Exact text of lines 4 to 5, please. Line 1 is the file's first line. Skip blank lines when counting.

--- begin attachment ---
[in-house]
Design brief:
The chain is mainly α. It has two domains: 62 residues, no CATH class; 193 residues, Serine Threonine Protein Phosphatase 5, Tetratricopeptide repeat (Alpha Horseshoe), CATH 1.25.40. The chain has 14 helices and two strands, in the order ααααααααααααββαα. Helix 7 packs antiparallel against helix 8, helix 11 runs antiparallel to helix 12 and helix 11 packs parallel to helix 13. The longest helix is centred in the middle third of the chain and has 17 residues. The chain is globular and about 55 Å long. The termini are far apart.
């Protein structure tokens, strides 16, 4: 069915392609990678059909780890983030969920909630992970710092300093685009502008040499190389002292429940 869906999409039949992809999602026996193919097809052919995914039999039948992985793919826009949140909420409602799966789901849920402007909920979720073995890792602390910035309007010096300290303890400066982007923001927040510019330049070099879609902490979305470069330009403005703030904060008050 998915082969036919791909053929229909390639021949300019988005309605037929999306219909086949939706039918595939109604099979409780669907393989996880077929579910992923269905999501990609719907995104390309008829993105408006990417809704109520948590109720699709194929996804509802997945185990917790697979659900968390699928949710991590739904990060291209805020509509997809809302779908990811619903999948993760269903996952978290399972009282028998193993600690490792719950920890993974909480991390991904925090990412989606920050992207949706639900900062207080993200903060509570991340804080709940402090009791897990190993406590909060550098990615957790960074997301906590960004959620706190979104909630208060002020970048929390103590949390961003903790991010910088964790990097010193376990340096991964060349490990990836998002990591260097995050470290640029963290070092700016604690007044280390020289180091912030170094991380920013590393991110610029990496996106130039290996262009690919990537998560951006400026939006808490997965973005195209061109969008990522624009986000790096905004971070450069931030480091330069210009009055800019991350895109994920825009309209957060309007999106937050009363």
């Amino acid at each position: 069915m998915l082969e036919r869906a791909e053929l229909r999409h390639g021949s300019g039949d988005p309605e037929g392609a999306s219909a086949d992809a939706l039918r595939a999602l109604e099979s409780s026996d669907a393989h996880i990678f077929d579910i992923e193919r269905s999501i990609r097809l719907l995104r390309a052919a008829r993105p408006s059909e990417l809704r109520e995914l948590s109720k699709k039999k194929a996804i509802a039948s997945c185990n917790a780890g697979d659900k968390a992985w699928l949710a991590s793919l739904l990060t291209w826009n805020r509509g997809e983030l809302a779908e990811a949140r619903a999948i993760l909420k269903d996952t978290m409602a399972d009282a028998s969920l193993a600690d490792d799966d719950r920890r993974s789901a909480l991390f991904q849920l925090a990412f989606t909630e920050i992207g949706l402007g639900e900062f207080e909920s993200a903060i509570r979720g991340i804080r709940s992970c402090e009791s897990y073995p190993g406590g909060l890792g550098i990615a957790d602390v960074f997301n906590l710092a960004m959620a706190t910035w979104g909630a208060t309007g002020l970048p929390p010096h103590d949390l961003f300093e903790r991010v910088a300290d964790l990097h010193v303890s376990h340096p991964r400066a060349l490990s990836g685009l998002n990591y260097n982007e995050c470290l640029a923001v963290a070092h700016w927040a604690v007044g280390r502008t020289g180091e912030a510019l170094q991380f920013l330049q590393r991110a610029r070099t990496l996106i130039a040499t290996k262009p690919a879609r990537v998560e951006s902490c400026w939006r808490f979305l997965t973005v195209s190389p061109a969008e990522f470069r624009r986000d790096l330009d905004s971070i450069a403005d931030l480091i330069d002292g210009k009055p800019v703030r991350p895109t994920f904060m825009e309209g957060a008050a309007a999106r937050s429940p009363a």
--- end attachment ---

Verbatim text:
């Protein structure tokens, strides 16, 4: 069915392609990678059909780890983030969920909630992970710092300093685009502008040499190389002292429940 869906999409039949992809999602026996193919097809052919995914039999039948992985793919826009949140909420409602799966789901849920402007909920979720073995890792602390910035309007010096300290303890400066982007923001927040510019330049070099879609902490979305470069330009403005703030904060008050 998915082969036919791909053929229909390639021949300019988005309605037929999306219909086949939706039918595939109604099979409780669907393989996880077929579910992923269905999501990609719907995104390309008829993105408006990417809704109520948590109720699709194929996804509802997945185990917790697979659900968390699928949710991590739904990060291209805020509509997809809302779908990811619903999948993760269903996952978290399972009282028998193993600690490792719950920890993974909480991390991904925090990412989606920050992207949706639900900062207080993200903060509570991340804080709940402090009791897990190993406590909060550098990615957790960074997301906590960004959620706190979104909630208060002020970048929390103590949390961003903790991010910088964790990097010193376990340096991964060349490990990836998002990591260097995050470290640029963290070092700016604690007044280390020289180091912030170094991380920013590393991110610029990496996106130039290996262009690919990537998560951006400026939006808490997965973005195209061109969008990522624009986000790096905004971070450069931030480091330069210009009055800019991350895109994920825009309209957060309007999106937050009363």
């Amino acid at each position: 069915m998915l082969e036919r869906a791909e053929l229909r999409h390639g021949s300019g039949d988005p309605e037929g392609a999306s219909a086949d992809a939706l039918r595939a999602l109604e099979s409780s026996d669907a393989h996880i990678f077929d579910i992923e193919r269905s999501i990609r097809l719907l995104r390309a052919a008829r993105p408006s059909e990417l809704r109520e995914l948590s109720k699709k039999k194929a996804i509802a039948s997945c185990n917790a780890g697979d659900k968390a992985w699928l949710a991590s793919l739904l990060t291209w826009n805020r509509g997809e983030l809302a779908e990811a949140r619903a999948i993760l909420k269903d996952t978290m409602a399972d009282a028998s969920l193993a600690d490792d799966d719950r920890r993974s789901a909480l991390f991904q849920l925090a990412f989606t909630e920050i992207g949706l402007g639900e900062f207080e909920s993200a903060i509570r979720g991340i804080r709940s992970c402090e009791s897990y073995p190993g406590g909060l890792g550098i990615a957790d602390v960074f997301n906590l710092a960004m959620a706190t910035w979104g909630a208060t309007g002020l970048p929390p010096h103590d949390l961003f300093e903790r991010v910088a300290d964790l990097h010193v303890s376990h340096p991964r400066a060349l490990s990836g685009l998002n990591y260097n982007e995050c470290l640029a923001v963290a070092h700016w927040a604690v007044g280390r502008t020289g180091e912030a510019l170094q991380f920013l330049q590393r991110a610029r070099t990496l996106i130039a040499t290996k262009p690919a879609r990537v998560e951006s902490c400026w939006r808490f979305l997965t973005v195209s190389p061109a969008e990522f470069r624009r986000d790096l330009d905004s971070i450069a403005d931030l480091i330069d002292g210009k009055p800019v703030r991350p895109t994920f904060m825009e309209g957060a008050a309007a999106r937050s429940p009363a």